Why Mayen Tours?
'In the springtime, as soon as the snow has melted the cattle are put out onto the rough grazing around the village. The irrigated and fertilised meadows are used exclusively for hay crops ; the essential reserves of fodder for wintering the animals. In May the animals head to the areas known as mayens- the name is derived from the month of May. '
What to Wear?
Gourmet and Ormonts History Tours. No special requirements. Just make sure your footwear is comfortable as we stop and walk around places of interest. A good idea is to have a water bottle. Wear layers as it is often Tshirt weather in the full sun, and a jacket in the shady spots.
Hike and Bike and Alpine Hiking Tours. Hiking shoes or boots. Hiking pants and a waterproof jacket to deal with any unexpected changes in weather. Leysin is at 1500 meters above sea level, so it is a good idea to have a couple of layers, t-shirt, sweater and jacket to cover the changes in temperature, particularly for the Glacier (3000 meters). Definitely bring a water bottle. A hat and sunscreen also.
Where is the Ormonts Valley?
The Ormonts Valley (La vallée des Ormonts) is part of the Pre-Alpes Vaudoises. It extends from Aigle to the foot of the Diablerets massif, a length of 26 kilometres. The tributary of the Rhone, La Grande Eau cascades along its length, fed by melt water. Today, all that remains besides the bones of Tardents buried around the church in Cergnat, are a chalet in Le Sepey with the name and a beautiful inscription in old French over the door, and a place close to Le Sepey still known as Le Scex Tardent (the Tardent clearing).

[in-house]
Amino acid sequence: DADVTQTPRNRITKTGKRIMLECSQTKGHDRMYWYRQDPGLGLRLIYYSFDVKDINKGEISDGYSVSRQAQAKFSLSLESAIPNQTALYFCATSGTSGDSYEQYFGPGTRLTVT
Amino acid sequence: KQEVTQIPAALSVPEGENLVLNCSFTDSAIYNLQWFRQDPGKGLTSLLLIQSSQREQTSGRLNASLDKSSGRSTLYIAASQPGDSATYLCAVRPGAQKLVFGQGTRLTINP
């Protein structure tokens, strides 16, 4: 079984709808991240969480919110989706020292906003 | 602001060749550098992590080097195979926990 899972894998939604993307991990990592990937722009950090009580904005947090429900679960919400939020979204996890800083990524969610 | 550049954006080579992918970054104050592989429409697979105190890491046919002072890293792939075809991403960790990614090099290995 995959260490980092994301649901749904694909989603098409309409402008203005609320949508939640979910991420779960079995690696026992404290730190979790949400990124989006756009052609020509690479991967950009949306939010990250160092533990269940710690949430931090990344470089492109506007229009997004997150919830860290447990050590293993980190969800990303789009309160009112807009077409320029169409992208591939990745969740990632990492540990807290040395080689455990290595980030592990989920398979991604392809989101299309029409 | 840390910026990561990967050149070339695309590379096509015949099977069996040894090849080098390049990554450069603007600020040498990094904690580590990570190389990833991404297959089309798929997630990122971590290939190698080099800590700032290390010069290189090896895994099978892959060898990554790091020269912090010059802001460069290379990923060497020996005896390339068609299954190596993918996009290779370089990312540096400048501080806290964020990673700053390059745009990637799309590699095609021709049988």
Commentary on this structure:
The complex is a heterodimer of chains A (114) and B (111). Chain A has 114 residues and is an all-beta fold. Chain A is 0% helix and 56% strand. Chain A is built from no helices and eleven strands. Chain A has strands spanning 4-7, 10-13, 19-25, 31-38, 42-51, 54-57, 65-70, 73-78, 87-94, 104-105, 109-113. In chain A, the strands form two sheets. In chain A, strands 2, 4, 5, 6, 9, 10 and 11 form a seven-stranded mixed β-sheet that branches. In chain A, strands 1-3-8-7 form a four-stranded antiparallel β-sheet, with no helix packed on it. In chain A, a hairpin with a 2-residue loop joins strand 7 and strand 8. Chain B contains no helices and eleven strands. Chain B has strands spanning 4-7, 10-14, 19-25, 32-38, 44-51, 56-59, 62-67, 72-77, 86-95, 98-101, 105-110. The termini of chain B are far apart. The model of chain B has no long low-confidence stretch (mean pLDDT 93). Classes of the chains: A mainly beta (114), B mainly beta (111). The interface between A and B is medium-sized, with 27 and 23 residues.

So much of today's landscape is the result of many centuries of hard work of the mountain families who carved out their existence from the forests, gradually clearing pasturage for the livestock, cattle and goats, into a lifestyle that was, of necessity, in rhythm with the seasons. Winters were especially harsh, and the activities of the whole year were targeted towards the survival of a winter in the mountains.
It runs parallel to the Rhone Valley, the corridor between the Grand St Bernard Pass and Lake Geneva.
It branches off from Aigle and was originally a small glacier parallel to the great glacier that formed the Rhone Valley.
Not far from Montreux, Vevey and Lausanne, it was probably first settled in the late Iron Age as summer pasturage for the Celtic tribe the Nantuaten that lived on the Rhone Plain before the Romans came in 15 BCE.